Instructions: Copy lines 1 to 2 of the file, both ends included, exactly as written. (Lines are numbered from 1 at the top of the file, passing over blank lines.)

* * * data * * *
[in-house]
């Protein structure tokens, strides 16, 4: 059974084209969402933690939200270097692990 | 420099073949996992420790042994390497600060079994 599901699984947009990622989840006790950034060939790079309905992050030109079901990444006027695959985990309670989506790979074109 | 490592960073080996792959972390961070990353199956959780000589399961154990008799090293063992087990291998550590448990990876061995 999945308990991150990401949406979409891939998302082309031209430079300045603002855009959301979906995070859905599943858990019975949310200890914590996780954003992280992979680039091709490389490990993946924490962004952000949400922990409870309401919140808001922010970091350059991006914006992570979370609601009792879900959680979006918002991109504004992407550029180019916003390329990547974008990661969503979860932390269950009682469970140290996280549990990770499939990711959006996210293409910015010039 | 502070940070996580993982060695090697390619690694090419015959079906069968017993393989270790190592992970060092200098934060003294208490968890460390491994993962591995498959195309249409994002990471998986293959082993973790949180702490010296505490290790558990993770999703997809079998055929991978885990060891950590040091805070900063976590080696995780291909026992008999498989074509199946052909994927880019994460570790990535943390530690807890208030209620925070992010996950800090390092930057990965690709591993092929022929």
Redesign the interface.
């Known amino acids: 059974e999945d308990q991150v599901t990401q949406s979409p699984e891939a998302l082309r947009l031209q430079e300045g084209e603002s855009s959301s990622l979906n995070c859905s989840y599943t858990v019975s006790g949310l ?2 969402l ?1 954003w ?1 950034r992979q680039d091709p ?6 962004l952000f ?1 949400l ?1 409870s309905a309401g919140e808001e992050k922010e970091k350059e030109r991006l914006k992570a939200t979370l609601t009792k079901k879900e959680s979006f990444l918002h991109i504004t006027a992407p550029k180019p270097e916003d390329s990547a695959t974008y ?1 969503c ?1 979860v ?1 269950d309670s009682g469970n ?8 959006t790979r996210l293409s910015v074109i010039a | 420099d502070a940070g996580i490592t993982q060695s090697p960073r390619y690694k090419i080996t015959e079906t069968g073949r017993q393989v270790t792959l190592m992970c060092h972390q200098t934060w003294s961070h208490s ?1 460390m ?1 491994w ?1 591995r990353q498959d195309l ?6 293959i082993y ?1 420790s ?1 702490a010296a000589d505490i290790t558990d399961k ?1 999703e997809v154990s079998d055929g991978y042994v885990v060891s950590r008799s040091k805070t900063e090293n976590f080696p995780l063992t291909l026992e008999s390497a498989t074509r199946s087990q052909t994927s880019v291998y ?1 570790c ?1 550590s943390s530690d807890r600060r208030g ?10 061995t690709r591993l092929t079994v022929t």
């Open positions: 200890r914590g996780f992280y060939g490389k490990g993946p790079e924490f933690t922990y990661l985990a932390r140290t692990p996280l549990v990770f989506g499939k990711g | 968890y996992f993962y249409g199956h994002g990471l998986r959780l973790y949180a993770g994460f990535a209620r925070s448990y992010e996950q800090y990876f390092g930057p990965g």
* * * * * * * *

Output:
[in-house]
């Protein structure tokens, strides 16, 4: 059974084209969402933690939200270097692990 | 420099073949996992420790042994390497600060079994 599901699984947009990622989840006790950034060939790079309905992050030109079901990444006027695959985990309670989506790979074109 | 490592960073080996792959972390961070990353199956959780000589399961154990008799090293063992087990291998550590448990990876061995 999945308990991150990401949406979409891939998302082309031209430079300045603002855009959301979906995070859905599943858990019975949310200890914590996780954003992280992979680039091709490389490990993946924490962004952000949400922990409870309401919140808001922010970091350059991006914006992570979370609601009792879900959680979006918002991109504004992407550029180019916003390329990547974008990661969503979860932390269950009682469970140290996280549990990770499939990711959006996210293409910015010039 | 502070940070996580993982060695090697390619690694090419015959079906069968017993393989270790190592992970060092200098934060003294208490968890460390491994993962591995498959195309249409994002990471998986293959082993973790949180702490010296505490290790558990993770999703997809079998055929991978885990060891950590040091805070900063976590080696995780291909026992008999498989074509199946052909994927880019994460570790990535943390530690807890208030209620925070992010996950800090390092930057990965690709591993092929022929």